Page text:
Witch Tips: Wicca at Work

The workplace is a minefield of professional ethics, fast approaching deadlines, and really bad coffee.  Whether you work at a bar or a PR firm or a school, each job is unique.  When considering how you spiritual and professional life intersects, its up to you to decide how open you want to be about your faith.  If you never bring Paganism into your office, that’s fine.  But if you do decide to be out of the broomcloset at work, here are a few ideas to consider.

  • Know Your Office Culture: Remember that old adage, “Never talk about religion and politics?”  Some offices take this very seriously. Take your first month at a new job and figure out the boundaries people have when discussing personal issues.
  • Tell Your Boss: I believe in being completely transparent about any aspect of your life that could affect your work with your superiors.  So if you plan to take Beltane and Samhain off every year or if you attend week long festivals like the Pagan Spirit Gathering, have an open conversation about your need to have time off for religious reasons with your boss. Human Resources might be another person to tell as well.
  • Be As Open Anyone Else: Some offices have strict rules about dress code and office decorations.  Law and accounting offices are good examples.  But most do not.  If Christian coworkers regularly wear crosses or have Bible verses on their office decorations, go ahead and wear your pentacle.  Express your witchiness as far as you want!
  • Consider an Inconspicuous Altar: A dish of stones, an oil diffuser, a small plant.  Even if you can’t be open about your faith at the office, having a few small items on your desk to connect you to the natural world will make the office feel like home.
  • When Faced with Discrimination: Alright in my experience and the experience of other Pagans I’ve consulted on this topic, getting fired or discriminated against at work for being Pagan is exceptionally rare.  Federal and state law prevents employers from firing employees based on religious reasons.  However if you think you’ve genuinely been harassed, consult a lawyer.  For more information on this topic, read this article or check Dana Eilers’s book Pagans and the Law out from your local library.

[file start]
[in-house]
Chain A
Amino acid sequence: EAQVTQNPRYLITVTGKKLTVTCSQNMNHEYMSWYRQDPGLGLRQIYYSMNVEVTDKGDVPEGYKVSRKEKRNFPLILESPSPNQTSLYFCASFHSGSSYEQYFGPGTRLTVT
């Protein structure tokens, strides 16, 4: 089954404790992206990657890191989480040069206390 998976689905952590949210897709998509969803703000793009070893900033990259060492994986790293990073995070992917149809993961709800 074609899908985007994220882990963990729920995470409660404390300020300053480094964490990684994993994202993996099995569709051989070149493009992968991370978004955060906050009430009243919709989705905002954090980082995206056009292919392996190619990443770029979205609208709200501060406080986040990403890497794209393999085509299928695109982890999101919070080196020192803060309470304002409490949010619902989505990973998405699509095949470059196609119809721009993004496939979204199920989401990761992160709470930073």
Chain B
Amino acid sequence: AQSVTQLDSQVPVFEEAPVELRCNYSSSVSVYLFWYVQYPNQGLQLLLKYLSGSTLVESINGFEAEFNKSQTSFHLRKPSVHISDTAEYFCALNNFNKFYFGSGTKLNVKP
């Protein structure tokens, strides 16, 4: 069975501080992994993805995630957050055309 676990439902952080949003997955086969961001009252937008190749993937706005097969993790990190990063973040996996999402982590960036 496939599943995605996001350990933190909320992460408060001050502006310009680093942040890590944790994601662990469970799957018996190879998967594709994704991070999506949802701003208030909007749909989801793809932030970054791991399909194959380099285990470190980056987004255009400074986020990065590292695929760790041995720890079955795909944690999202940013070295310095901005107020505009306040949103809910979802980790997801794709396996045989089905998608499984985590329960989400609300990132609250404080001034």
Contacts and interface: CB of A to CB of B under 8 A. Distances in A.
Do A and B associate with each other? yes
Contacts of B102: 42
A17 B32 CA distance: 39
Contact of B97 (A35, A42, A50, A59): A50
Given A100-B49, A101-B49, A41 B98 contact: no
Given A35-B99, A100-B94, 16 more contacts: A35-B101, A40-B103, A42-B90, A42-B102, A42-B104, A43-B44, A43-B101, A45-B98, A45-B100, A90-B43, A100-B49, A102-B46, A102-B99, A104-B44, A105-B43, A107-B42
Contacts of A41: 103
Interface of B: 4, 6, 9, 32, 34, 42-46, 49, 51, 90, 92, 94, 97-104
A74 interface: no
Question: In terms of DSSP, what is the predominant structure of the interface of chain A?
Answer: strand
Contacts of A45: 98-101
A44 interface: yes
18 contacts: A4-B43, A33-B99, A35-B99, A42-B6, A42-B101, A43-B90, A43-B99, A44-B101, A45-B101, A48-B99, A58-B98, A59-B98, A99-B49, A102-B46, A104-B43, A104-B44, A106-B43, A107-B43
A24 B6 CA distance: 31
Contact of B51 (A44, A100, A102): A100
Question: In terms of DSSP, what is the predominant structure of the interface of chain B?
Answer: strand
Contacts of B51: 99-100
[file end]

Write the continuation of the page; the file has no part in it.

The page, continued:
Anyone who has any tips and stories, feel free to comment!

© Ariadne Woods


The Witch is Back

Hi lovely readers,

My long time readers may have noticed I have been absent from posting since October.  Part of that is grad school.  I have had a ton of work lately because I’m finishing my degree and am preparing to go into the professional world.  I needed a little more time in my week, so I cut a few of my obligations and put this blog on ice.  But if I’m also being honest, I was starting to feel that when it came to this blog I was not completely being myself. In reality I hadn’t been practicing for months.  While traveling in June I realized I had been using my spirituality as a crutch to hang on to tough situations and to be in that “woe is me” place.  That is not me and I did not want that to be my practice.  I was feeling so harried and down, so I decided to put my spirituality on the back burner.  So clearly there was a little dissonance between what I was writing and what I’ve been doing. In essence, I felt like I was talking the talk but not walking the walk.  And once I figured that out, I knew I needed to walk away for a while.

Recently, the distance between myself and my spiritual life has been bridged.  I live in New England fairly close to Boston, so needless to stay I’ve been stuck inside since the middle of January.  That was such a great opportunity for me to look inward and do a little shadow work. I never realized how important gratitude and daily practice is to me.  Or how important herb work is to my connection to Mother Earth.  Or how bull shitty I find divination (post about that to come).   And I realized that I need to revive and renew my practice and continue to share it with people.

To put it simply, the witch is back.  And I feel damn good about it.

Bright blessings,


© Ariadne Woods